Many admirers of communism have this dreamy notion of a responsible committee that reflects the will of the people, a committee of concerned activists who participate for a few years only to willingly yield control to other eager and willing participants.

Good evening, Disney World will be closing in 15 minutes.

Under communism, leaders become entrenched, stupid and lazy.  You can see it in our country today as America has become more socialized.  Believe it or not, there are representatives in Congress who have been there for more than fifty years.  Fifty years!

Communism is about money for the leaders.  The leaders can easily pass regulations that favor companies that their extended families own.  Plus, who will supply the uniforms, ammunition, foodstuffs, and so forth that our soldiers need to fight wars that are created out of thin air by these leaders?  The leaders will, of course.

War is the ultimate government program.  And war is essential to a socialist or communist regime.  Because the economy is so poor under communism, because the goods have become so shoddy that no one wants to buy them, the only resource left to a communist country is war.  And it does not necessarily need to be a physical war; it can be an abstract war such as the war against poverty, the war against illiteracy, the war against drugs, the war against violence, the war against crime – all of which require, surprise, money, money that goes to the companies that the leaders control.

Does all of this sound familiar?  It should because I am describing America.

But wait a minute, you scream, “We’re not communists; we are Americans.”

As I stated earlier, Good evening, Disney World will be closing in 15 minutes.

The Future

Hollywood paints a grim picture of the future in their movies.

Typically, their films portray an apocalyptic society where the majority of people scrap out a meager existence amid violence and overbearing governmental control.  The citizens are usually deformed, dirty and crazed.  Everyone seems self-serving.

We don’t have to live in a world like that, nor must we lower our imaginations as to what the world can be.

I don’t see a world like that at all.

Rather I see a world where citizens are wealthier than they have ever been, cleaner than they have ever been.  Violence has largely been replaced with civil behavior as people have greater control over their lives.  Sure, there are rich and poor people, but the disparity is far less than what it is today. The disparity is less because the people chose to place reasonable limits on just how much wealth an average person or corporation could amass.  They came to realize that money as a power, when absolute, corrupts absolutely.  And corporations no longer were permitted to exist in perpetuity; there was an actual life and death to them.  Plus, when corporations committed malfeasance, they could actually be de-chartered, shut down.  When this happened, the corporations were no longer permitted to view malfeasance as an operating cost.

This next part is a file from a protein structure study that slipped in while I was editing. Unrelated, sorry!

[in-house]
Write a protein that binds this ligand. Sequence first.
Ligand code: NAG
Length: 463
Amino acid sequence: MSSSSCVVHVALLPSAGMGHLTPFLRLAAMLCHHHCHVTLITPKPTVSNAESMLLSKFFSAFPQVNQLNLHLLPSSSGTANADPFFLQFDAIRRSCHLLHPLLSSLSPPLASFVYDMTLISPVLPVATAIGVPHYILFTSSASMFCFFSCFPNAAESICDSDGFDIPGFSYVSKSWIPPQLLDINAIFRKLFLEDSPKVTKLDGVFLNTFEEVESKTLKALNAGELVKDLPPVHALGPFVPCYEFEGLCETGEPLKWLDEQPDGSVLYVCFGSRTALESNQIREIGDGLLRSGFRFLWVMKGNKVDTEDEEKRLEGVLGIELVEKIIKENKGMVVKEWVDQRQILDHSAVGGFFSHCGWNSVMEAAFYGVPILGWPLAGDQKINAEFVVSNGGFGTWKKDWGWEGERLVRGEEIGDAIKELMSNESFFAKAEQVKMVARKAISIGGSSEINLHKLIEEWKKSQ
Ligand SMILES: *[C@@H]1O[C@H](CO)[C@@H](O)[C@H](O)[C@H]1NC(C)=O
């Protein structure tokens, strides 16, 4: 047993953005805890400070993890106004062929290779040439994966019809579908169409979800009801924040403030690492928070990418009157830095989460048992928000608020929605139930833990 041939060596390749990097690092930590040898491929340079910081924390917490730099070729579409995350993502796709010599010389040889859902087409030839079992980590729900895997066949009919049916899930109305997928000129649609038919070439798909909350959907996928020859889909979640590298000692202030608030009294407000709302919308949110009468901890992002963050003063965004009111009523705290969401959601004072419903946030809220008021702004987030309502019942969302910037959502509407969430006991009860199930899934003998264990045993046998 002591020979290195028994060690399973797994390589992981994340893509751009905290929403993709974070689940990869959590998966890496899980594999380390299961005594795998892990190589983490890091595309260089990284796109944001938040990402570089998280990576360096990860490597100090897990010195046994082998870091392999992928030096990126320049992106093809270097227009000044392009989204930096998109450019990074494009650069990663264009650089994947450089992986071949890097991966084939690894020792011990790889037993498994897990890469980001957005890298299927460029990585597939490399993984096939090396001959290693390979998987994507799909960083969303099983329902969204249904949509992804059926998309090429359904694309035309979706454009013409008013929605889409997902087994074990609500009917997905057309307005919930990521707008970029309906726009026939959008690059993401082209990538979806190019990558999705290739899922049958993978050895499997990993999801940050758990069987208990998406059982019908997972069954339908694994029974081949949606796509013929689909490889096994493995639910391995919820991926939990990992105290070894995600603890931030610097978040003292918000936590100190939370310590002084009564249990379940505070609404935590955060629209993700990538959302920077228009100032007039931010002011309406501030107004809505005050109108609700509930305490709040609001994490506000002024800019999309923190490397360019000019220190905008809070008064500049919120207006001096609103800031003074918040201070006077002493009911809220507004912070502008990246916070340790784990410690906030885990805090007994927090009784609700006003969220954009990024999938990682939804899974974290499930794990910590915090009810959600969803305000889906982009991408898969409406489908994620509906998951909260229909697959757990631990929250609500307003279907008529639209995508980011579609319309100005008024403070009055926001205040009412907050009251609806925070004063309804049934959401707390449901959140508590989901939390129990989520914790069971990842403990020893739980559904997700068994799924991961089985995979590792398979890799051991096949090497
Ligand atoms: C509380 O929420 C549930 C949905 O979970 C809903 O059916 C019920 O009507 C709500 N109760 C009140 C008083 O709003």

Citizens are the only people permitted to visit a congressman, their congressman, and their congressman only.  Gone are the days of the professional lobbyist who crowds out the individual citizen, hogging up the congressman’s time, portending to represent vast groups whose citizens have no clue what the lobbyist is angling for.

In this world, the Senators are answerable to their states as the 17th Amendment has been repealed.  Gone are the days when Senators act as viceroys from Washington, DC.

As the federal government has grown smaller, the state governments, closer to the people, have grown larger. These state governments have issued in a new diversity in America.  Regional diversity has grown as states and their peoples are now free to experiment and become a laboratory of new ideas. People have voted with their feet by gravitating towards those states that provide a better way of doing things.

Trust has reemerged in the country as people have rejected the federal government’s 800 numbers that existed for neighbors to turn each other in. Citizens decided to outlaw whistleblower compensation fees as they came to realize that trust was the coin of the realm and that if the federal government was that easy to rip off, maybe the solution was to decrease the role of the federal government.

As the federal government has grown smaller, so has its crony corporations and its endless war machine.  Americans are no longer all over the globe fighting wars to keep national and international corporations in the green.  Americans have realized that they do not exist for corporations; corporations exist for them.  As a result of this, larger corporations have come back home and hired Americans to manufacture American goods.

The maxim that America is its own champion and no one else’s rules the day.

People are happy.

The people who aren’t happy are the thieves on Wall Street who are on the run.  No longer able to fleece hard-working Americans out of their monies, no longer able to afford private jets and vacation homes on the Hamptons and the Vineyard, these Wharton School parasites have actually had to find a real job where they make something.  The merger-mongers are gone too, relegated to the waste heap of history because, if you’re too big to fail, you’re too big to succeed.  Bye bye.